The Science of Perfume

So, if you’ve been reading my blogs for a while, or even if you’re new (welcome, by the way), you’re about to learn that with me often the science half of my brain likes to take over. It’s not something that I choose, it just happens. Whether it comes in to help aid me in researching companies and products such as Arbonne – I’m still on the fence about it – to the smaller things such as the potential damage of chemicals in every day products, often I find that the part of me that is used to sitting in a lab for several hours attempting to determine the sex of domestic chickens per week likes to invade my hobby. Not that this is entirely a bad thing. Today, I present the science of perfume, but don’t worry I’ll keep it relevant. This is something I have been working on for a while, and perhaps it might just help you out if you’re looking to score a bargain at the boxing day sales in the perfume department.

  1. Most perfumes consist of three levels of scent, the first being the top notes which you’ll smell within the first 15 minutes of applying, the heart or middle notes are next which you’ll notice after three to four hours and lastly is the base notes which you’ll notice after five to eight hours of wear. So if you try something on, let it develop for a few hours!
  2. Perfumes evaporate on the skin, this is why each of the notes appears as you wear them, knowing this try not to rub your wrists together roughly as this will cause the scent to develop more quickly hence losing some of the top notes that you might enjoy.
  3. Chemical reactions can change the way your perfume smells, knowing this do not store them in the sun, try to keep them out of direct sunlight to give them the best possible chance of remaining their beautifully scented selves for as long as possible.
  4. A perfume will smell different on each individual person, so don’t always assume that your friend’s perfume is going to smell amazing on you. Each perfume will interact with natural oils and pheromones present in the skin and create a slightly different fragrance.
  5. You have a genetically determined number of odor receptors. What does this mean? Each person will have a different sensitivity to any particular fragrance, so just remember just because someone else doesn’t like it, doesn’t mean that you won’t. It’s good to give different scents a chance, and don’t overwhelm your nose! Often perfume stores will provide coffee beans, take a quick sniff of these between scents to cleanse the palette so to speak, this will allow you to fully take in each individual fragrance.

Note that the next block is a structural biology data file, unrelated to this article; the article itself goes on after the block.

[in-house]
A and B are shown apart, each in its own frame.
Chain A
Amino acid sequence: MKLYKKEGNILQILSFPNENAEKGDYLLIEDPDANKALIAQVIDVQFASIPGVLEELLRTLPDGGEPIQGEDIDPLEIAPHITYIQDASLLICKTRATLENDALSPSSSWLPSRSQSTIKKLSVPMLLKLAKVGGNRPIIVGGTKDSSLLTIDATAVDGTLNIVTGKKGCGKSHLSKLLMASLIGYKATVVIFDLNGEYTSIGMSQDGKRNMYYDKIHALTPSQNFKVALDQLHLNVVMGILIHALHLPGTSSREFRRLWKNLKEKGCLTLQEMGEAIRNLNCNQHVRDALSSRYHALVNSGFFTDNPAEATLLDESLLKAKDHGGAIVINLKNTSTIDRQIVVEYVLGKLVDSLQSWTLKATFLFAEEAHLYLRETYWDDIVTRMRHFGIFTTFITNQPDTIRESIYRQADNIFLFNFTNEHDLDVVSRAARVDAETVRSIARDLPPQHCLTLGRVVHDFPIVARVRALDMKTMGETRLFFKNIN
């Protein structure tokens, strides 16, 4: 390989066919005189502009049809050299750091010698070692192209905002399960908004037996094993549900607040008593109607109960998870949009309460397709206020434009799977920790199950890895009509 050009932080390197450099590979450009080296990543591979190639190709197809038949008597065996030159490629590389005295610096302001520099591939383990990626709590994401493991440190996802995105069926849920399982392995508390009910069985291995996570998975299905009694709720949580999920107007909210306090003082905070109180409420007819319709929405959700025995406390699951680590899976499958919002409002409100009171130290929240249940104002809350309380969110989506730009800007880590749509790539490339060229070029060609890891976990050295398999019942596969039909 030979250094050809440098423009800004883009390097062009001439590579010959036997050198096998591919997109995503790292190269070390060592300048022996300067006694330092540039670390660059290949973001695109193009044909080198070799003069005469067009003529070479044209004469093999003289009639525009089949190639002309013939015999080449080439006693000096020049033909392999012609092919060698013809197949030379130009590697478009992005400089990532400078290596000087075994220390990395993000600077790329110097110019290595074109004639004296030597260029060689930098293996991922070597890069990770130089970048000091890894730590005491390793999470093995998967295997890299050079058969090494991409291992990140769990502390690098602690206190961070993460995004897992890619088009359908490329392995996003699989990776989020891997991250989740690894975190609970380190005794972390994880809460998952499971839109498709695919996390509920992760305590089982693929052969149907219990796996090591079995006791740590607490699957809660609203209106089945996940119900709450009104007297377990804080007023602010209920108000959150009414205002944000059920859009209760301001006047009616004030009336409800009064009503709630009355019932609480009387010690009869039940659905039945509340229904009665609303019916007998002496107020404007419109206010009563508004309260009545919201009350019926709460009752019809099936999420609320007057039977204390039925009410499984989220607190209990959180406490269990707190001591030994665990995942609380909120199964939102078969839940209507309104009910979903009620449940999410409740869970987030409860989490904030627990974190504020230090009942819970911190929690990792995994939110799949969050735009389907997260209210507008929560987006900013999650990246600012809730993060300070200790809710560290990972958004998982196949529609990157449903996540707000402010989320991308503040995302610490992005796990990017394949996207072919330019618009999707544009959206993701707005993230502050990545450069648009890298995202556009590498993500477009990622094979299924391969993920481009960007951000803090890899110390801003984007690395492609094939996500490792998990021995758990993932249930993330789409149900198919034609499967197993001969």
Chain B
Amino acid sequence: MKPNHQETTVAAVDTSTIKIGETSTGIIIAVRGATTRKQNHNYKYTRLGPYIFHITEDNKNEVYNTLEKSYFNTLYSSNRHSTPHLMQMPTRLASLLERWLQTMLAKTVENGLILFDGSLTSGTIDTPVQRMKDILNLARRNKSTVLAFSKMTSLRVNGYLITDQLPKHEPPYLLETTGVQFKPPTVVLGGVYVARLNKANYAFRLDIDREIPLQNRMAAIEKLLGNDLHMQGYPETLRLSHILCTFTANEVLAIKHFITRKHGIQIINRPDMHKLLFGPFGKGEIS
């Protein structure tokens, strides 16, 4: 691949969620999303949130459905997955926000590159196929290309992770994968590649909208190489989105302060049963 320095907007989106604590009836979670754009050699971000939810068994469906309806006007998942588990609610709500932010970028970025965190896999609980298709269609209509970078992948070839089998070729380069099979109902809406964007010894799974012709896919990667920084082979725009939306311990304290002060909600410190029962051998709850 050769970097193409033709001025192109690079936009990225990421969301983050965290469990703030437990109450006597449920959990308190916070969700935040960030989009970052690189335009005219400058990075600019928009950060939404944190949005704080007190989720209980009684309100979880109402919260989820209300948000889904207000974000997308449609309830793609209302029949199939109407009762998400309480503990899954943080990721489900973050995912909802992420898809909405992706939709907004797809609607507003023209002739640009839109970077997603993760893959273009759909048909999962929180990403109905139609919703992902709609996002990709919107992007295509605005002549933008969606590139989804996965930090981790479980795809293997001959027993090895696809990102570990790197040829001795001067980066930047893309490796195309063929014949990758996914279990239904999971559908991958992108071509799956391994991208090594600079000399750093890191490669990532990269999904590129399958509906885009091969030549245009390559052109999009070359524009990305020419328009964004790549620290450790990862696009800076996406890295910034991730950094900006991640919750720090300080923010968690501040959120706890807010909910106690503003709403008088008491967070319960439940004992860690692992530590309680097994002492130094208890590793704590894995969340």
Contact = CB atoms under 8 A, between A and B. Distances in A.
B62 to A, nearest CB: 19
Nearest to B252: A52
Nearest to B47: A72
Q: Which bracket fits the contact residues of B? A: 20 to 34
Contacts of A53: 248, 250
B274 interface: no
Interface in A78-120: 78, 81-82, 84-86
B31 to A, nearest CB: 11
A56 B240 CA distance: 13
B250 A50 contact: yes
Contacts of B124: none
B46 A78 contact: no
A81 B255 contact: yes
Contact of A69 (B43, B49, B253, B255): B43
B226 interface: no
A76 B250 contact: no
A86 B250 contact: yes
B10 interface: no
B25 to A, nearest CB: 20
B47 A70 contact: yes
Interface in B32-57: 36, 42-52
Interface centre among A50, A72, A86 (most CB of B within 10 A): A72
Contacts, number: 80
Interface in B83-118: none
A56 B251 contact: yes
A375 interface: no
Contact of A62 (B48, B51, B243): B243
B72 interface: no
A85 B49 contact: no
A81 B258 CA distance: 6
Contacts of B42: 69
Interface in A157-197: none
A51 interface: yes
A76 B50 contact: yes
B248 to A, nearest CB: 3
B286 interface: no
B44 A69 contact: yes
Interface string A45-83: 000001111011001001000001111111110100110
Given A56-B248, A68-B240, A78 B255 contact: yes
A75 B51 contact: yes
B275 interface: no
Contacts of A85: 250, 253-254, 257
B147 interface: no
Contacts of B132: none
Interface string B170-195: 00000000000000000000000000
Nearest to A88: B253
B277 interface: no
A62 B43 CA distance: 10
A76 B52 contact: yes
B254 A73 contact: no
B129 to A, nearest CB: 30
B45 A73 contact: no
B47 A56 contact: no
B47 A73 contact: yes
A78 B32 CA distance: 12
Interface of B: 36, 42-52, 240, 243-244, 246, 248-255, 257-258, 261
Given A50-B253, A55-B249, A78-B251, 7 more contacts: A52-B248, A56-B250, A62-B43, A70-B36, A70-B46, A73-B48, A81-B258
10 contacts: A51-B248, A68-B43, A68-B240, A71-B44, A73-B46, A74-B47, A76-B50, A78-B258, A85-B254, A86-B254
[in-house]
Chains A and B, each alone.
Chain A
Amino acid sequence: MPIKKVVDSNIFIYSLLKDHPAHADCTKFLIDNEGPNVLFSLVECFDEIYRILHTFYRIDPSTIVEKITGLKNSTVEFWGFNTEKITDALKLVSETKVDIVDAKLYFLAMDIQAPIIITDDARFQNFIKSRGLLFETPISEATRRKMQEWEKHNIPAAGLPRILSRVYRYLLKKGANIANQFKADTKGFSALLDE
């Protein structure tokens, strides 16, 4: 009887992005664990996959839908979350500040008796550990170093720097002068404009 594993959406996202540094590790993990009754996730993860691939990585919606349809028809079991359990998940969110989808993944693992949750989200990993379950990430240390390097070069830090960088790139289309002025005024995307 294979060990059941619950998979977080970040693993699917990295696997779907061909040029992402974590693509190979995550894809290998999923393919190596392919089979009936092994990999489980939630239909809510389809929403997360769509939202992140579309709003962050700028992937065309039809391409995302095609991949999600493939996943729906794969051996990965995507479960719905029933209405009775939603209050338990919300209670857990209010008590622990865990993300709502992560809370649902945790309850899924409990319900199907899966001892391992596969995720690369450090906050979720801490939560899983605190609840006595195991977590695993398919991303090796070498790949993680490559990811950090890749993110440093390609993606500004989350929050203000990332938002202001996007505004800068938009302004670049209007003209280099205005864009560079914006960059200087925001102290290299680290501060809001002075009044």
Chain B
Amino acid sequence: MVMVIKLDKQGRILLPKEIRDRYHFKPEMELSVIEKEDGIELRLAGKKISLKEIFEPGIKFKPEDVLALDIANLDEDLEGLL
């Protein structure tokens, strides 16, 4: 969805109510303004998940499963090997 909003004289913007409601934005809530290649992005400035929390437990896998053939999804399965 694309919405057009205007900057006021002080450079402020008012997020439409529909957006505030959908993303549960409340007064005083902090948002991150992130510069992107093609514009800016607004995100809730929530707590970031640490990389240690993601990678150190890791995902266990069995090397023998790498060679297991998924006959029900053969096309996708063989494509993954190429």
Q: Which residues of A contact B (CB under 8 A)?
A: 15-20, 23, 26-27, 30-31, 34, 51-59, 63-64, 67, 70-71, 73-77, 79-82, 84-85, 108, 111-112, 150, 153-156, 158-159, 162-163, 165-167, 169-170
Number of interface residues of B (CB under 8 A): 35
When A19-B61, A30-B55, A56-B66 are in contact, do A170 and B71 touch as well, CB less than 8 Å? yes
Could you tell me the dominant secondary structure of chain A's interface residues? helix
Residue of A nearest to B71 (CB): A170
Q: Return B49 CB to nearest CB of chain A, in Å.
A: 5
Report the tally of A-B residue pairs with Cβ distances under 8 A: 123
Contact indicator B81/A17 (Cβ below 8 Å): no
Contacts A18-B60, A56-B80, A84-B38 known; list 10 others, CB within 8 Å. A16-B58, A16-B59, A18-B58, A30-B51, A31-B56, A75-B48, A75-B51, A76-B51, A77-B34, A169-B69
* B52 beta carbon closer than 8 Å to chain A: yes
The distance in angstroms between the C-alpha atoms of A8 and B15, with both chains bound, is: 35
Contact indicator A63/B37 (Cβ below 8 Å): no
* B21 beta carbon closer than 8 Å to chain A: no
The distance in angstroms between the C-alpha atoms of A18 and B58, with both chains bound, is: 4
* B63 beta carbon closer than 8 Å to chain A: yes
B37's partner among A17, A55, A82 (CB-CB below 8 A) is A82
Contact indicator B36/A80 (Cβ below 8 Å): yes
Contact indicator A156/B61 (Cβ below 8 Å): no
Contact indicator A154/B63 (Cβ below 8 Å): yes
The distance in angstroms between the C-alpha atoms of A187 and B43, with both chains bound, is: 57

Bearing all that in mind, what scents am I loving at the moment? Each of these is different from the next and I like each of them for entirely different reasons which I’m not going to get into now seeing as I feel I’m totally thrown a bunch of science out onto the blog and hoped for the best, but my top summer fragrances include: Yves Saint Laurent Baby Doll Paris (available here), DKNY Be Delicious Sparkling Apple, Victoria’s Secret Angel (available here for American residents) and Sarah Jessica Parker NYC (available here). I like to apply a little to my wrists, behind my ears and along my jawline, mostly because I feel these are all spots which don’t give and overwhelming waft of scent with each movement. It’s subtle and I like that. The big thing to remember is not to apply it on your clothing, it can (and has for me) caused discolouration in the past, that and all perfumes have a lifespan. Use them before your lose them.

I hope this gives you a few tricks and ideas for the next time you’re out perfume shopping, I’m really keen to get my hands on a few of the celebrity designed and promoted brands I’ve seen this year, but we’ll see what’s in my Christmas stocking this year before I go shopping! I’d love to hear any other tricks or tips you’ve got for your perfumes so feel free to share them down below!

x ac

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